Gut Bacteria

Extensive research has been done in recent years on the human gut microbiota. Our gut bacteria has profound affects on every aspect of our health and disease.

The gut holds over 100 trillion cells, and growing evidence is showing that the bacteria influence a number of health issues, from inflammatory bowel disease to obesity. The gut has many functions, including digestion of complex polysaccharides, synthesis of vitamins, and resistance to disease causing pathogens.1

Everyone is different and therefore the right diet, depends a lot on that individual’s microbes.

  • Eating a variety of plants in your diet can provide numerous vitamins and minerals, which are thought to reduce many diseases such as obesity, diabetes and colon cancer and improve immunity. Researchers are beginning to study individual foods and have discovered that the nutrient content varies, depending on where the food has been grown, how they are stored, and also how they are cooked.
  • The time of year alters the diversity of the microbiome.   Sun exposure and outdoor exposure is said to enhance the diversity.
  • Whether you’re male or female makes a difference.
  • Sleeping patterns alter the microbiome. Fewer than six hours yields a less diverse microbiome.  Shift work can disrupt the rhythm of the microbes.2
  • Alcohol can wipe out many beneficial microbiota.
  • Antibiotics wipe the microbiome. Some individuals can recover quickly after the course of antibiotics have finished, others could still be affected one year later.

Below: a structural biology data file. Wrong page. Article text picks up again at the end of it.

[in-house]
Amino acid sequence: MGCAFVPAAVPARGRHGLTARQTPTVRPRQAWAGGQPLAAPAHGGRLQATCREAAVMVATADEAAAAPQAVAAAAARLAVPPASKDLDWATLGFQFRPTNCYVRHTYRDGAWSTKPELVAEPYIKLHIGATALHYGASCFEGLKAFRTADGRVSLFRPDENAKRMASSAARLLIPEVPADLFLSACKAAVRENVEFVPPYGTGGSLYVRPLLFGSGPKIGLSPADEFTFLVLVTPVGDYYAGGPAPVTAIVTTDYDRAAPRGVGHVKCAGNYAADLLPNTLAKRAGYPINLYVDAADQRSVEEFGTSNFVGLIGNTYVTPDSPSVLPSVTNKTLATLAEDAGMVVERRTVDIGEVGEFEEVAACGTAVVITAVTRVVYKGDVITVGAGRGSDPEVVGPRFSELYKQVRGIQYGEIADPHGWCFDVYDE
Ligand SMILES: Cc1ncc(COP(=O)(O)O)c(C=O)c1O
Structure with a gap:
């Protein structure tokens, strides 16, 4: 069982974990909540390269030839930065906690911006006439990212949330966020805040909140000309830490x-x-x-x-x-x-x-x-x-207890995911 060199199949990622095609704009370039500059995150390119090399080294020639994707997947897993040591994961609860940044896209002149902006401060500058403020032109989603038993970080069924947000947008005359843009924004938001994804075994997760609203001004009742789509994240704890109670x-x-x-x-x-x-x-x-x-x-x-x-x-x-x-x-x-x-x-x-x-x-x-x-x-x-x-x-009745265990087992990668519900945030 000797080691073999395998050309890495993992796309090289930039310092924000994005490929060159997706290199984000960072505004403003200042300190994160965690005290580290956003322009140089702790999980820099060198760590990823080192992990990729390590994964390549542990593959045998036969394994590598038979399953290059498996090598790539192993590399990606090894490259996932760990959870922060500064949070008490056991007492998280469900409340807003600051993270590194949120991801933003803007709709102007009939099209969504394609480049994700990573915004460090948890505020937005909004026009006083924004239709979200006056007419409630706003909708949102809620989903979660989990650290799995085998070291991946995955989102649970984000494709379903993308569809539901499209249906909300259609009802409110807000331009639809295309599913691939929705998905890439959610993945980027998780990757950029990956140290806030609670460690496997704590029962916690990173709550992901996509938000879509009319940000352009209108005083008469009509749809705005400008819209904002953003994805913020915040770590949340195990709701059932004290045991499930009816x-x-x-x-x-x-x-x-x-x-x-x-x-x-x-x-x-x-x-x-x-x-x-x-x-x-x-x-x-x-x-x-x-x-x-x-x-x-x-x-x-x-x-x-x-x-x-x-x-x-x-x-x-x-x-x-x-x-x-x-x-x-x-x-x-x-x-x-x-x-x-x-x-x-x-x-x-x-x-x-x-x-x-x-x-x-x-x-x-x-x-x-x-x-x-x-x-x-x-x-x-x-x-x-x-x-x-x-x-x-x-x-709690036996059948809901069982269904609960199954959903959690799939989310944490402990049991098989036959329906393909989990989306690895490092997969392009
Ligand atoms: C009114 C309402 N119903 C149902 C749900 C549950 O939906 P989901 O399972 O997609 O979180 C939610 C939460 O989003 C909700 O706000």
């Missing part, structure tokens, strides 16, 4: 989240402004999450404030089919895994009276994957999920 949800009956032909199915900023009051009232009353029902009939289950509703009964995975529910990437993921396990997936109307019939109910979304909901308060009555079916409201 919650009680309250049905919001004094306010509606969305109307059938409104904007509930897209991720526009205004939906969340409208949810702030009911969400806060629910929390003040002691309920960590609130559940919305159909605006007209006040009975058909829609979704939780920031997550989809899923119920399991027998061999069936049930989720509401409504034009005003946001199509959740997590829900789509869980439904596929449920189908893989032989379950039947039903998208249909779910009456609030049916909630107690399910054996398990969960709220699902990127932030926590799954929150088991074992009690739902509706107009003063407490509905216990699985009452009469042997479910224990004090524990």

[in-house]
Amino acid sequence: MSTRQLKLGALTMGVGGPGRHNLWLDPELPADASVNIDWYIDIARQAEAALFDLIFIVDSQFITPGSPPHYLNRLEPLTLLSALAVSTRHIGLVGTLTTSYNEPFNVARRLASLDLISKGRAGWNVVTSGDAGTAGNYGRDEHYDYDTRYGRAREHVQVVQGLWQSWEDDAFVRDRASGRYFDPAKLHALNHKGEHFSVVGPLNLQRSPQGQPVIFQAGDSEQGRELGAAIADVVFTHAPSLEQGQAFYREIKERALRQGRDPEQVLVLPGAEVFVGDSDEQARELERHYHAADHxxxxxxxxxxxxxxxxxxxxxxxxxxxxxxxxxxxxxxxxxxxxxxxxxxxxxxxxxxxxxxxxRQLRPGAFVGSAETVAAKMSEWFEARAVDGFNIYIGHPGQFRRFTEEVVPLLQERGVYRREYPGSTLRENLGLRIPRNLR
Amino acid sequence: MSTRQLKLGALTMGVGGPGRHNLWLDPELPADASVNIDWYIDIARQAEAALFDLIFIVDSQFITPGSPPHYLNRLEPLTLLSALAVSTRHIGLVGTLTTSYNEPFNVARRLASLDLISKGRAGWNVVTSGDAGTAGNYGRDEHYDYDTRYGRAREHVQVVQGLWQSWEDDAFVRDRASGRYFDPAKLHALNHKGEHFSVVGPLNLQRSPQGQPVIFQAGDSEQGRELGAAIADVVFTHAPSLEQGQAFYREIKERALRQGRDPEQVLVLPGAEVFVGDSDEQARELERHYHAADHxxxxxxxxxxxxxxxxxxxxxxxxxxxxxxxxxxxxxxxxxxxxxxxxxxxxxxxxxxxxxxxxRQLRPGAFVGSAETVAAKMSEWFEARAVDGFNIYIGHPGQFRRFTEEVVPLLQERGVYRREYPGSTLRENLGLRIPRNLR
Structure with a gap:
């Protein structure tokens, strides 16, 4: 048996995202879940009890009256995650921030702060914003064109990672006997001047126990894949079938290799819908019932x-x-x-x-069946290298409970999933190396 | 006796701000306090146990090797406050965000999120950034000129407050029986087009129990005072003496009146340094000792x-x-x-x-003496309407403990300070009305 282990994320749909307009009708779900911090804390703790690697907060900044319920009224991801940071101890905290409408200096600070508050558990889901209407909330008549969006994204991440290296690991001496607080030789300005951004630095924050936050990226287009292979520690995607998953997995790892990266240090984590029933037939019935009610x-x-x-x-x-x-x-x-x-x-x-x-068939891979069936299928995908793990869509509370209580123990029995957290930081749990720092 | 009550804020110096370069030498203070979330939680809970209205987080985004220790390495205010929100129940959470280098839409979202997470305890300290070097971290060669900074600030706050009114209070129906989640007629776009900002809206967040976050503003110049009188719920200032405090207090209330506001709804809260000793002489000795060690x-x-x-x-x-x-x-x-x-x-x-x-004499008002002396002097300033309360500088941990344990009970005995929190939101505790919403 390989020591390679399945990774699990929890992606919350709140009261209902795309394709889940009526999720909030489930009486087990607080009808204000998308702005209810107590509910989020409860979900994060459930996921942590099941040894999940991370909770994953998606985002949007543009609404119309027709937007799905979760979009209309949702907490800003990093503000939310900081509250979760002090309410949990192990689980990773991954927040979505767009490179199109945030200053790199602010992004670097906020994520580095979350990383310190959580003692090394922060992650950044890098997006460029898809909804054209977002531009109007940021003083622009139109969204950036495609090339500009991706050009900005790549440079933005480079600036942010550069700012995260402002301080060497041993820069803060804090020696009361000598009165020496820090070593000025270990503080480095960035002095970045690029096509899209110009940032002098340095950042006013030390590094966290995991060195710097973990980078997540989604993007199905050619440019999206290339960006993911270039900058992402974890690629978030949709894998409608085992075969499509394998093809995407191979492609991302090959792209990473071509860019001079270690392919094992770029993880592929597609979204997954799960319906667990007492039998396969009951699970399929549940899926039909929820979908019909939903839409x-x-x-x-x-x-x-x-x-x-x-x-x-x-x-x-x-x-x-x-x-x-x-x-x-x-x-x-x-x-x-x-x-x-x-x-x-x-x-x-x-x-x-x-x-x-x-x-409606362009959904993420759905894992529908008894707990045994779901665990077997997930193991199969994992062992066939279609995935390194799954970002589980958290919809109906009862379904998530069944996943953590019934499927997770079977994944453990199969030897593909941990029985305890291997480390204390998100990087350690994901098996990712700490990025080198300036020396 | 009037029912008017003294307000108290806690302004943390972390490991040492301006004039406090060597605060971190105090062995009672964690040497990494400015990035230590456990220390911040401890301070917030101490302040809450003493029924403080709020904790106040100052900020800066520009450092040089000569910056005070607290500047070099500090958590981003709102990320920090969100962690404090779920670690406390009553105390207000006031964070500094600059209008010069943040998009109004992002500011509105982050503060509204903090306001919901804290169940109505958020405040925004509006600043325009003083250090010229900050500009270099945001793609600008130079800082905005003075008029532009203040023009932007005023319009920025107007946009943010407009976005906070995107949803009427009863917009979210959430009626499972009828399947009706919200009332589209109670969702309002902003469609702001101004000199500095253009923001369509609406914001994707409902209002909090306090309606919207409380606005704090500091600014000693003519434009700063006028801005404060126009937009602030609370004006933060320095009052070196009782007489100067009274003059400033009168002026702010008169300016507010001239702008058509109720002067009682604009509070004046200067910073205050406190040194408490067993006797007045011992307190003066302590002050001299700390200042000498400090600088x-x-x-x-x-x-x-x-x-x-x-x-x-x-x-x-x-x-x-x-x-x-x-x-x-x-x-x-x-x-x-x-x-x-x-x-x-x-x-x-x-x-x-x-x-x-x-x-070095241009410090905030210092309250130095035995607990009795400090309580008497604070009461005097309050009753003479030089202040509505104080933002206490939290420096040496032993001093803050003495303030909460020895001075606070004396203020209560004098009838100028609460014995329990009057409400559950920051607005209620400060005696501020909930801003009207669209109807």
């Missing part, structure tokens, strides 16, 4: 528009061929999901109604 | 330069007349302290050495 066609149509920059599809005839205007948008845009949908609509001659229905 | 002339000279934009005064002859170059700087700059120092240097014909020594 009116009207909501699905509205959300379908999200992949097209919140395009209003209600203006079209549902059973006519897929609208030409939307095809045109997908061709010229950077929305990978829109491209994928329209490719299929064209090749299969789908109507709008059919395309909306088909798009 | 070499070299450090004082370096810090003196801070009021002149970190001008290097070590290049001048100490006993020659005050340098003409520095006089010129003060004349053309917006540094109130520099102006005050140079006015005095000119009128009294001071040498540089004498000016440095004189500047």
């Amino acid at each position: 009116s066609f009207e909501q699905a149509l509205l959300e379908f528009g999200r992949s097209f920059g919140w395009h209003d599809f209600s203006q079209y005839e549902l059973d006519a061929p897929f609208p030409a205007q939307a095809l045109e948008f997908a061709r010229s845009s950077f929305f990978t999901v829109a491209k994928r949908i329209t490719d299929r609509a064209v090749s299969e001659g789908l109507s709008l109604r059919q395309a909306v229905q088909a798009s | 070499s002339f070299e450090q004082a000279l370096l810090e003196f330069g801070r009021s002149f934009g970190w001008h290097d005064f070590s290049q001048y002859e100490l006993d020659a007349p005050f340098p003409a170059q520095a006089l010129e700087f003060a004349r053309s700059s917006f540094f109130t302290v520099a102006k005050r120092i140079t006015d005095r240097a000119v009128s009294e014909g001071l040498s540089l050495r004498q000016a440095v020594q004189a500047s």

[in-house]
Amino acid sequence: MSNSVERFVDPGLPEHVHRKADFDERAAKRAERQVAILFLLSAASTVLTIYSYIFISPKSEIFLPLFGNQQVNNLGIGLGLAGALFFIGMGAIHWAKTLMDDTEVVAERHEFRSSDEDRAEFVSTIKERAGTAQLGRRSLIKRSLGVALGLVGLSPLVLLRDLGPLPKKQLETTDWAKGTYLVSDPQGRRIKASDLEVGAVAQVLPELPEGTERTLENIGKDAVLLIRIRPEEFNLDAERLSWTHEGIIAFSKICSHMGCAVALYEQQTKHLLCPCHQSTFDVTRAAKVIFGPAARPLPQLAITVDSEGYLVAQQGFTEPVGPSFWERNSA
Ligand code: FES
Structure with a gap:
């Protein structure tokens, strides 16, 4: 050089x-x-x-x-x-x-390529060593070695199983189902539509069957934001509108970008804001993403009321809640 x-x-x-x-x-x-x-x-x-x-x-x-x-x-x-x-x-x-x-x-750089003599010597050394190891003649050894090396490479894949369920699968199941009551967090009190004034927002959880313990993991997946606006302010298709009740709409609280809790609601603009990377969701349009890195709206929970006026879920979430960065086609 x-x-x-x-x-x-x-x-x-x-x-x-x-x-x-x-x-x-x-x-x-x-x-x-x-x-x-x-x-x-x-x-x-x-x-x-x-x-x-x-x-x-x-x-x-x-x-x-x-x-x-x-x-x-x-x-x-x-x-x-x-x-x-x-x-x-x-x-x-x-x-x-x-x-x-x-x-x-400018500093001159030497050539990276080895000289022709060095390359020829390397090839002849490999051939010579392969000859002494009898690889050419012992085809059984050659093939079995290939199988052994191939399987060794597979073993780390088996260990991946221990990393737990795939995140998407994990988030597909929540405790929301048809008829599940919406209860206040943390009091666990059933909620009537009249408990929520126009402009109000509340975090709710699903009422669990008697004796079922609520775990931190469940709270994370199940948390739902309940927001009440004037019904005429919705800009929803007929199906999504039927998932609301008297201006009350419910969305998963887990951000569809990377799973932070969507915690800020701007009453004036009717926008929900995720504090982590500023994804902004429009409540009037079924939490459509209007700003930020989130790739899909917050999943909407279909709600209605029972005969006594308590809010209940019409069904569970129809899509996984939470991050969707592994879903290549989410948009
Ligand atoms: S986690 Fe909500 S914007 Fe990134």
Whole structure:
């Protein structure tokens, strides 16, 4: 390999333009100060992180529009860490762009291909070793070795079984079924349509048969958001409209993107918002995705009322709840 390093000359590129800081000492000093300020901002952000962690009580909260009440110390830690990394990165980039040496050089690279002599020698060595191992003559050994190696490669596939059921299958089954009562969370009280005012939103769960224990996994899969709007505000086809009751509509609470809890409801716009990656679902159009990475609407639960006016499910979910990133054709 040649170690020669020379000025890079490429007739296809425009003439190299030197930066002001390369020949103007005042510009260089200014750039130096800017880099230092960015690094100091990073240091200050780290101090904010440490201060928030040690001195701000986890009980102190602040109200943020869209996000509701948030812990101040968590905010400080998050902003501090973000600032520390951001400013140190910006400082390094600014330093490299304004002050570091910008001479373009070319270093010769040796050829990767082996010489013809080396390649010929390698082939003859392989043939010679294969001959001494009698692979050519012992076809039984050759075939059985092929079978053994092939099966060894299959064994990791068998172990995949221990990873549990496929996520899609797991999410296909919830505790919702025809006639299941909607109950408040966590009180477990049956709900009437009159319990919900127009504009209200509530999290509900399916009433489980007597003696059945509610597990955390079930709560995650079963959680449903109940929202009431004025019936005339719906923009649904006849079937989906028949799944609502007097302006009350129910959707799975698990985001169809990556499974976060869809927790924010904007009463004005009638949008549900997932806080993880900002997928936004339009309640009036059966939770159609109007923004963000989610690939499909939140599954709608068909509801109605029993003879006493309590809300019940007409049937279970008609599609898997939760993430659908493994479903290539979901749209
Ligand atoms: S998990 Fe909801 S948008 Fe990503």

Frequent exercise has been shown to result in a more diverse microbiome, especially outdoor activities.

It has also been shown that mothers who have been exposed to farm animals and farms while pregnant, had children with less allergies, such as asthma. This happens when the immune system increases T Reg cells, which in turn decrease the TH2 part of our immune system, that is associated with allergies, so it is clear that our environment plays a major role in how well our gut is functioning.3

Nourishing our gut is vitally important for health. It is clear that western diets and environmental chemicals are having a profound impact on human health. Doing our best to take care of our microbiome will increase our wellness and hopefully our life span.

  1. Guinane Caitriona M. Guinane et al, Role of the gut microbiota in health and chronic gastrointestinal disease 2013: http://www.ncbi.nlm.nih.gov/pmc/articles/PMC3667473/
  1. Voight Robin M. et al, Circadian Disorganization Alters Intestinal Microbiota 2014: http://www.ncbi.nlm.nih.gov/pmc/articles/PMC4029760
  1. Fujimura Kei E et al, Role of the gut microbiota in defining human health 2011: http://www.ncbi.nlm.nih.gov/pmc/articles/PMC2881665/